Just days before the deadline for an agreement to have been reached and amid concerns that such a halt in railroad operations would destroy the U.S. economy, Joe Biden signed a bill on Friday that will prevent a rail strike. The legislation puts into effect the labor pact that Biden supported in September between unionized workers and freight rail operators. At the time, his administration received a lot of credit for its role in mediating a settlement.
Thursday’s Senate vote on the House-passed legislation was 80 to 15, with numerous Democrats voting against it because it lacked a sick leave provision. Increased paid leave benefits for train workers are something that Vice President Joe Biden, who campaigns as the most pro-labor president in American history, supports, but he believes they should be addressed separately from the measure.
After the bill was approved on Thursday, he added that while he understands why some Democrats and unions are reluctant to override the union ratification process, he repeated that the effects of a rail strike on the American economy would be too serious.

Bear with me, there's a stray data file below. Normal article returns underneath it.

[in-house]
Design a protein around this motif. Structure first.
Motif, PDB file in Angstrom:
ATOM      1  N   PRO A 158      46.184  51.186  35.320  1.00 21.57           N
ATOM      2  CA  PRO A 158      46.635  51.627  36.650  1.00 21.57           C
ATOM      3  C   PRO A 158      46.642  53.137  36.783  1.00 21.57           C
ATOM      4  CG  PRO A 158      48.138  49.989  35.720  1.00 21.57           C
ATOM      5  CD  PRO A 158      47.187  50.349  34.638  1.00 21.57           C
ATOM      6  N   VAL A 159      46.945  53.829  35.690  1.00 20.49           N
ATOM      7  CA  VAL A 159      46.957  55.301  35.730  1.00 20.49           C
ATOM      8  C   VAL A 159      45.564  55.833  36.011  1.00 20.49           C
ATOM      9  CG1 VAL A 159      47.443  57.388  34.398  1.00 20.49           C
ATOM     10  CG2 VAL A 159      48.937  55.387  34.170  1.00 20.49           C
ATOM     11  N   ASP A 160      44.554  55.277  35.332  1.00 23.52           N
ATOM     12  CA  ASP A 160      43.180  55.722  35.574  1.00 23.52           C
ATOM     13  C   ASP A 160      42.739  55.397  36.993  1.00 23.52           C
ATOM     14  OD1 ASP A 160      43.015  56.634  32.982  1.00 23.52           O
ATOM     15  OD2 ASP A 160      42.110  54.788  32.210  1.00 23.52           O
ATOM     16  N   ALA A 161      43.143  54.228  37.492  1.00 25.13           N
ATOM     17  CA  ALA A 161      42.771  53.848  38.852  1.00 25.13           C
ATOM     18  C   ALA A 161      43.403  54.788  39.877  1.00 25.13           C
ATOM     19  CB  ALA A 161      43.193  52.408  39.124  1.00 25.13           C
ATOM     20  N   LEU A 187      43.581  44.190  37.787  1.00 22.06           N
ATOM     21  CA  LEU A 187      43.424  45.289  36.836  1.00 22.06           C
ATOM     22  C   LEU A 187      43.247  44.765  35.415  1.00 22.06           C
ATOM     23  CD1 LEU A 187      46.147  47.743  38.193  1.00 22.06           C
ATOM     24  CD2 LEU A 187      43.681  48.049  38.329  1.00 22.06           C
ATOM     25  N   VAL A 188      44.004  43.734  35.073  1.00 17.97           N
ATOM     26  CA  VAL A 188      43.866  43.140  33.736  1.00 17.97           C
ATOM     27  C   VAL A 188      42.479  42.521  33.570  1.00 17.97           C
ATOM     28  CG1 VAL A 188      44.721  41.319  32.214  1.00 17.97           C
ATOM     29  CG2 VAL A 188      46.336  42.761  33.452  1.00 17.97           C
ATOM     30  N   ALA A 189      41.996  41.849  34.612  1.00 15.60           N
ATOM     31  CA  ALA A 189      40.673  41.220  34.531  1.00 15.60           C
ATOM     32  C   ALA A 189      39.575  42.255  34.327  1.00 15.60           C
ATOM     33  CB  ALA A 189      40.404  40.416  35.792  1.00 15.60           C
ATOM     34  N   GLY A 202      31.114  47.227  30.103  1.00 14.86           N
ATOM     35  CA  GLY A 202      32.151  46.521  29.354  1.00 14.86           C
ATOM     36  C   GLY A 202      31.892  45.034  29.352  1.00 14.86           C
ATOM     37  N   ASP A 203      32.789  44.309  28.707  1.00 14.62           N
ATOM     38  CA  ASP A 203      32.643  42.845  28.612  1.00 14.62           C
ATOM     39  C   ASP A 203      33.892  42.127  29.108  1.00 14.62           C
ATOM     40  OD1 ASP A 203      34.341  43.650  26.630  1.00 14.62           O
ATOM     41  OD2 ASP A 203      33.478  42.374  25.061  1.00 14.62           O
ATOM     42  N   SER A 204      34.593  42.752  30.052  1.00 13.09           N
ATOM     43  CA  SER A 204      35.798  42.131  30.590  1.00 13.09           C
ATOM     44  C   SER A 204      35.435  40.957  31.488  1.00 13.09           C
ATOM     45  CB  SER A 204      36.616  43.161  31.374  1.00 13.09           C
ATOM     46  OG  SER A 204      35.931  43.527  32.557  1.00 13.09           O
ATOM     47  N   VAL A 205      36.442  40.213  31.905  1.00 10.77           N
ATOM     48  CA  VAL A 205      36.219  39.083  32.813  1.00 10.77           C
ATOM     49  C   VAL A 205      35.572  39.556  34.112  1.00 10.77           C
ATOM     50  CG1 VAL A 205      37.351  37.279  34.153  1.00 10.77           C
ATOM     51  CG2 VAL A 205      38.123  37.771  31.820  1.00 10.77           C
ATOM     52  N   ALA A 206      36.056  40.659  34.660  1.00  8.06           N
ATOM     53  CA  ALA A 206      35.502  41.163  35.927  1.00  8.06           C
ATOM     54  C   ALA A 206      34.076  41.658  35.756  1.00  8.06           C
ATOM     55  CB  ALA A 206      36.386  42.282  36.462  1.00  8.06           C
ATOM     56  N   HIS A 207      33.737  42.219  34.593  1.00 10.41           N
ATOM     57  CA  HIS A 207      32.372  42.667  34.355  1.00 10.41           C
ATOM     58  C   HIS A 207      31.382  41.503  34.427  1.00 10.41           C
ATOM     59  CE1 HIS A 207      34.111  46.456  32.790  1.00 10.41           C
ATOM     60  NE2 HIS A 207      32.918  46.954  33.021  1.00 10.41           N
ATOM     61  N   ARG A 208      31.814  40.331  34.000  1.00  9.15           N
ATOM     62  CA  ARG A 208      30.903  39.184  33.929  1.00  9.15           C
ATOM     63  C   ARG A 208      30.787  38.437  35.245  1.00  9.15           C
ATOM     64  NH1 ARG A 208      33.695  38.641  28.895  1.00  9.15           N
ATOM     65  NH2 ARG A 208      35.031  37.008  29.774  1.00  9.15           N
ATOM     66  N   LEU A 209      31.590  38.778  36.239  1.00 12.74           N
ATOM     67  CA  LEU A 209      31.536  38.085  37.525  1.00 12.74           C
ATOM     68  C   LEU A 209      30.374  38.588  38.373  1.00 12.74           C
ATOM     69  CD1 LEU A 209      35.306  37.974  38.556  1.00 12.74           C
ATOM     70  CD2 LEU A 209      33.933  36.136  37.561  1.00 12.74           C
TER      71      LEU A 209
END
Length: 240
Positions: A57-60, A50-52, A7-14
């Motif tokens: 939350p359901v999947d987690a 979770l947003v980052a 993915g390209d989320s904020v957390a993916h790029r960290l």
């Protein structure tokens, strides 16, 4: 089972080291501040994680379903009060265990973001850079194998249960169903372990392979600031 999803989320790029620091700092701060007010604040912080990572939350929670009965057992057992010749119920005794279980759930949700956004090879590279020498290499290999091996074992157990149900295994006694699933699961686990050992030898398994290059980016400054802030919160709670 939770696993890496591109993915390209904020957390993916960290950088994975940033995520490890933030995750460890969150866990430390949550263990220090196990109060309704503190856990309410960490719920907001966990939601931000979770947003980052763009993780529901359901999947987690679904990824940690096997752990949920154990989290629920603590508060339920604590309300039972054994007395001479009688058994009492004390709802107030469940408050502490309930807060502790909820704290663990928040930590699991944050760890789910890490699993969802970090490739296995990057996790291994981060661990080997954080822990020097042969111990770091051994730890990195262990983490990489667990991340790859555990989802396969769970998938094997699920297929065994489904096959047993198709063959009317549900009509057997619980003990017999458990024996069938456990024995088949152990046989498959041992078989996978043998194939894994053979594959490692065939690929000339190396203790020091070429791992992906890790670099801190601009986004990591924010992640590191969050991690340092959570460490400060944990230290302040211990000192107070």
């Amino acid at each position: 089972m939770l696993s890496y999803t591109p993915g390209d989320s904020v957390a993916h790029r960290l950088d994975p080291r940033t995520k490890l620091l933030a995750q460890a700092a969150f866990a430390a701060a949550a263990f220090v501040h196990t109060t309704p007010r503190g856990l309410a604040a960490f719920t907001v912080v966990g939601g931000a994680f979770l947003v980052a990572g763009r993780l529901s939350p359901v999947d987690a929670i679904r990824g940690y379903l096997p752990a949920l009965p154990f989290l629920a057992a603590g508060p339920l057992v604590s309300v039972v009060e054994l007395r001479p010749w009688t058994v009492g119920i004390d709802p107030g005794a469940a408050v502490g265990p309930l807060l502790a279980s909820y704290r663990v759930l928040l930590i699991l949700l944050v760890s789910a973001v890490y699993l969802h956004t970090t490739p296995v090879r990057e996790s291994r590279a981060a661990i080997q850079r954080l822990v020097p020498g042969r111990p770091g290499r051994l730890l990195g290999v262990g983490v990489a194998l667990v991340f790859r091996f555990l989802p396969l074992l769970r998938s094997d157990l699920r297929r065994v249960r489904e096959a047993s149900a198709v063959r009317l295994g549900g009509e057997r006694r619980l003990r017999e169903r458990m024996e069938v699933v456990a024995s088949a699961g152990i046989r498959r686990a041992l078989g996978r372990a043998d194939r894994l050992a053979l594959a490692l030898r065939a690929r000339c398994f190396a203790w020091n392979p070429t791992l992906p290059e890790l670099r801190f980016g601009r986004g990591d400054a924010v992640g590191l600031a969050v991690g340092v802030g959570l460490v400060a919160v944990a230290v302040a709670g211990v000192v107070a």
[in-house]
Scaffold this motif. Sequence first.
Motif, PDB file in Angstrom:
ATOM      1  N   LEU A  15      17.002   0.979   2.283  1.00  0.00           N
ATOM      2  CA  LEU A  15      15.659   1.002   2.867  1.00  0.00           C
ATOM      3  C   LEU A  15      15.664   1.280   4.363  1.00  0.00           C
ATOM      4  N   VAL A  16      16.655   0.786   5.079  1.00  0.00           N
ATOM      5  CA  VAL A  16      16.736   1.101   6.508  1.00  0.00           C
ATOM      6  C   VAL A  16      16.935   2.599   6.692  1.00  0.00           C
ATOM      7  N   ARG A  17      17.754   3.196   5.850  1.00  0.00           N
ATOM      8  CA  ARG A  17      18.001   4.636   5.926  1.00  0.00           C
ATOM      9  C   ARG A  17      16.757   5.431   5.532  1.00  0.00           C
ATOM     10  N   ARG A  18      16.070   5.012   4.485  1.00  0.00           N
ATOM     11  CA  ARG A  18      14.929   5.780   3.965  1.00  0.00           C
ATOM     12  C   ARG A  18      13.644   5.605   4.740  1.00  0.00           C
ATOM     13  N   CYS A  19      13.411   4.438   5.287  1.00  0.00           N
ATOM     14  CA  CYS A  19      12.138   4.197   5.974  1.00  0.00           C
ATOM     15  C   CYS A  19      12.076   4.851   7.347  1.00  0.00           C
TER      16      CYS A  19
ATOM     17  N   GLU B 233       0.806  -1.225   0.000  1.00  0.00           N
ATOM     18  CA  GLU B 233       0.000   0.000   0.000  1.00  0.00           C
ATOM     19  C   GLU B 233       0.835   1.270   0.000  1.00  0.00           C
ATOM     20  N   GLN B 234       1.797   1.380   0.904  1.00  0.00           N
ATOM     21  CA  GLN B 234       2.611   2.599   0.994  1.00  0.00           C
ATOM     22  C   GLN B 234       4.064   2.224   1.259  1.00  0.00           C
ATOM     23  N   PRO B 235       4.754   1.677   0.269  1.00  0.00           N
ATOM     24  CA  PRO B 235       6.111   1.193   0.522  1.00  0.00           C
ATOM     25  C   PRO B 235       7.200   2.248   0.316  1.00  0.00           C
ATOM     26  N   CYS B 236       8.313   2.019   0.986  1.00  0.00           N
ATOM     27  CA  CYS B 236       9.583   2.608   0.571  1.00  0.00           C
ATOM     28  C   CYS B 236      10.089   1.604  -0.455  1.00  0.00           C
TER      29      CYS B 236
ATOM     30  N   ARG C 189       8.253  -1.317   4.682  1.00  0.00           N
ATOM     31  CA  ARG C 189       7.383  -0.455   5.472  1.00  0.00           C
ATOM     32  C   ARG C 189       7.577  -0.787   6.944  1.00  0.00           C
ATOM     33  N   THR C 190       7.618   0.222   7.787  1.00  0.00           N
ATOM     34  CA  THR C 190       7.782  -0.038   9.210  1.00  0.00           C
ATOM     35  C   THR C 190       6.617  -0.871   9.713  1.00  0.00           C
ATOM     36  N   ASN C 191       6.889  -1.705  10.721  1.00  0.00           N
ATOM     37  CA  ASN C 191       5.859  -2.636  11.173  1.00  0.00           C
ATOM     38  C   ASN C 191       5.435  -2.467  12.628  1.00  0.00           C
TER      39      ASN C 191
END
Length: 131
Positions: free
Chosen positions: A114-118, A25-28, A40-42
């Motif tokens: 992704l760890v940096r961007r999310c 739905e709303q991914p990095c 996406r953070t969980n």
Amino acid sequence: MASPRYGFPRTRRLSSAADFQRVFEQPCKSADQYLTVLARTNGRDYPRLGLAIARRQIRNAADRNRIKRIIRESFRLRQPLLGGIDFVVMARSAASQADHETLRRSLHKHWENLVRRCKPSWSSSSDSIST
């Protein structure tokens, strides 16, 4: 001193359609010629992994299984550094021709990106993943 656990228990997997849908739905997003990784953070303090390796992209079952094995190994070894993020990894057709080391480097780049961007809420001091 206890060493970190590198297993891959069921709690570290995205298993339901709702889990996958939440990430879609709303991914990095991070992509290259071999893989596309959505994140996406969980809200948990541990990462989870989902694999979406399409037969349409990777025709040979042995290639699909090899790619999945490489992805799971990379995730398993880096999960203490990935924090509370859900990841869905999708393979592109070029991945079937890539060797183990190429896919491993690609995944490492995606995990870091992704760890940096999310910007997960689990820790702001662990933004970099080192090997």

He said in a statement that lawmakers “spared this country a Christmas catastrophe in our grocery stores, in our workplaces, and in our communities,” adding that their “decisive action ensures that we will avoid the impending, devastating economic consequences for workers, families, and communities across the country.”
With the Dec. 9 deadline to negotiate an agreement looming, Biden on Monday urged Congress to promptly embrace the initial accord, without any revisions.
The agreement makes it easier for employees to quit work for medical visits and gives train workers raises of 24 percent over five years, but it was criticized for only include one day of paid sick leave.
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Following a tight House vote on Wednesday, the Senate rejected a measure to grant train workers more sick time on Thursday.
The Labor Secretary Marty Walsh, the Agriculture Secretary Tom Vilsack, and the Transportation Secretary Pete Buttigieg had been in constant contact with labor leaders and management since the agreement was reached in September, but they saw no way to address the matter at the negotiating table. The secretaries advised the administration to approach Congress to find a solution.
Before the bill was passed, Walsh and Buttigieg went to Capitol Hill on Thursday to brief Democrats.